The Southern Ute Indian Tribe proudly supports Colorado legislation that would recognize, prioritize, and bring justice for our Missing and Murdered Indigenous Relatives (MMIR). The establishment of the Office of Missing and Murdered Indigenous Relatives in the State of Colorado is a true demonstration of support for our communities. Almost every Indigenous person will experience some form of violence in their lifetime. Indigenous women and girls face the possibility of being murdered at ten times the rate of all other ethnicities. This crisis is the result of undervaluing Indigenous lives, underfunding, inaccurate reporting, misidentification, lack of media coverage, and jurisdictional dilemmas on reservations.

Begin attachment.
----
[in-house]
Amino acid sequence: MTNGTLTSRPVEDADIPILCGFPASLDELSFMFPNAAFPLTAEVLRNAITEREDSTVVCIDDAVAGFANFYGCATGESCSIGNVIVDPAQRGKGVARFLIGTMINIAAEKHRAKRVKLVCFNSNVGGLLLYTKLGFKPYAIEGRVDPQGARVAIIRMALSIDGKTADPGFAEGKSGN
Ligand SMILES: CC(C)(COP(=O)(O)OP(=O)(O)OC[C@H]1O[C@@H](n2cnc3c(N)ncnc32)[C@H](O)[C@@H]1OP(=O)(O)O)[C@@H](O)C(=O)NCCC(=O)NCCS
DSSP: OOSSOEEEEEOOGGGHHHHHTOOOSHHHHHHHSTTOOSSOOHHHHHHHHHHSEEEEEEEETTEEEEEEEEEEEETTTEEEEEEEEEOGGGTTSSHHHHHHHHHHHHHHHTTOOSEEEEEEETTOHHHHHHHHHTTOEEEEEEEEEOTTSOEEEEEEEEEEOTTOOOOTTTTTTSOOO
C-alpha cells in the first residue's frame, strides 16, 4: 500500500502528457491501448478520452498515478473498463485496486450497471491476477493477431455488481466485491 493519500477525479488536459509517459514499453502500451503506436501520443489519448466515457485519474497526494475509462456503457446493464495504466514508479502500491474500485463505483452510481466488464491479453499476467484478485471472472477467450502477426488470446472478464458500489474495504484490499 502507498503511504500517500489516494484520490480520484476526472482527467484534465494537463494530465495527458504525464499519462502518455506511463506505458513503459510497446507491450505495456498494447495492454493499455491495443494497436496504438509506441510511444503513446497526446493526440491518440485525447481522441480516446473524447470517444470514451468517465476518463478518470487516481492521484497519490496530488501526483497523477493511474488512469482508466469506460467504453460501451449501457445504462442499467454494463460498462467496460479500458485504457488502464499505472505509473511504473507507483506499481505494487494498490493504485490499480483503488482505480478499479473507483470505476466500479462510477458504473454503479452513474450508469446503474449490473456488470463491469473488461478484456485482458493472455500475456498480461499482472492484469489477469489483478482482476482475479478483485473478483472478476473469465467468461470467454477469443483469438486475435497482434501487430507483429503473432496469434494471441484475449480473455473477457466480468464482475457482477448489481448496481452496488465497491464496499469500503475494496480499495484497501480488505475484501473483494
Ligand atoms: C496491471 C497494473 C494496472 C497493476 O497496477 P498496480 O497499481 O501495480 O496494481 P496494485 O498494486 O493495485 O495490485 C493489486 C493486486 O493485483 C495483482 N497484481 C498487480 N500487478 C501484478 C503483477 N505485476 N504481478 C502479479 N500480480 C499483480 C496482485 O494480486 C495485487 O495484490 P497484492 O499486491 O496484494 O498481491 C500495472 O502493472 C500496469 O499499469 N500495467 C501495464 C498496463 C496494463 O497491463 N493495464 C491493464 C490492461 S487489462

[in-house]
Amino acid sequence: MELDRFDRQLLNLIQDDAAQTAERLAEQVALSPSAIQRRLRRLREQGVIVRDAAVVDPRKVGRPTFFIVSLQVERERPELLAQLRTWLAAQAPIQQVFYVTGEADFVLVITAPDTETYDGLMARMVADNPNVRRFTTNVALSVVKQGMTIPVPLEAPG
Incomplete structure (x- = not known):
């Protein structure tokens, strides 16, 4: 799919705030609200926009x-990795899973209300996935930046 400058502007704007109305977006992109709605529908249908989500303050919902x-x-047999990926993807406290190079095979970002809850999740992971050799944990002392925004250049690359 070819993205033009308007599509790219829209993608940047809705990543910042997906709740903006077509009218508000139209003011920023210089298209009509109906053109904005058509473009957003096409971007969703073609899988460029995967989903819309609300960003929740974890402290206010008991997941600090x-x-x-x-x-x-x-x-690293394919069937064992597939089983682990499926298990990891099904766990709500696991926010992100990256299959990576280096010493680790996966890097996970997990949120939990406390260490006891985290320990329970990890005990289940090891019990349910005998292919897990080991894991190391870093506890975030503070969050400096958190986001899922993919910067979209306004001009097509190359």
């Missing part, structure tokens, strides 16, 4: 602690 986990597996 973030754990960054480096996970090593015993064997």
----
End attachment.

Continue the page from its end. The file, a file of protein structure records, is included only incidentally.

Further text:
The Tribal Council convened to approve the Southern Ute Indian Tribe’s Honorary Proclamation declaring, Thursday, May 5, Missing and Murdered Indigenous Relatives Awareness Day.
Southern Ute tribal member and MMIR Advocate, Daisy Bluestar was present in Council Chambers for the approval. Tribal leadership, including council member Marge Barry, thanked Bluestar and all those who volunteer and fight to bring awareness and justice to tribal communities.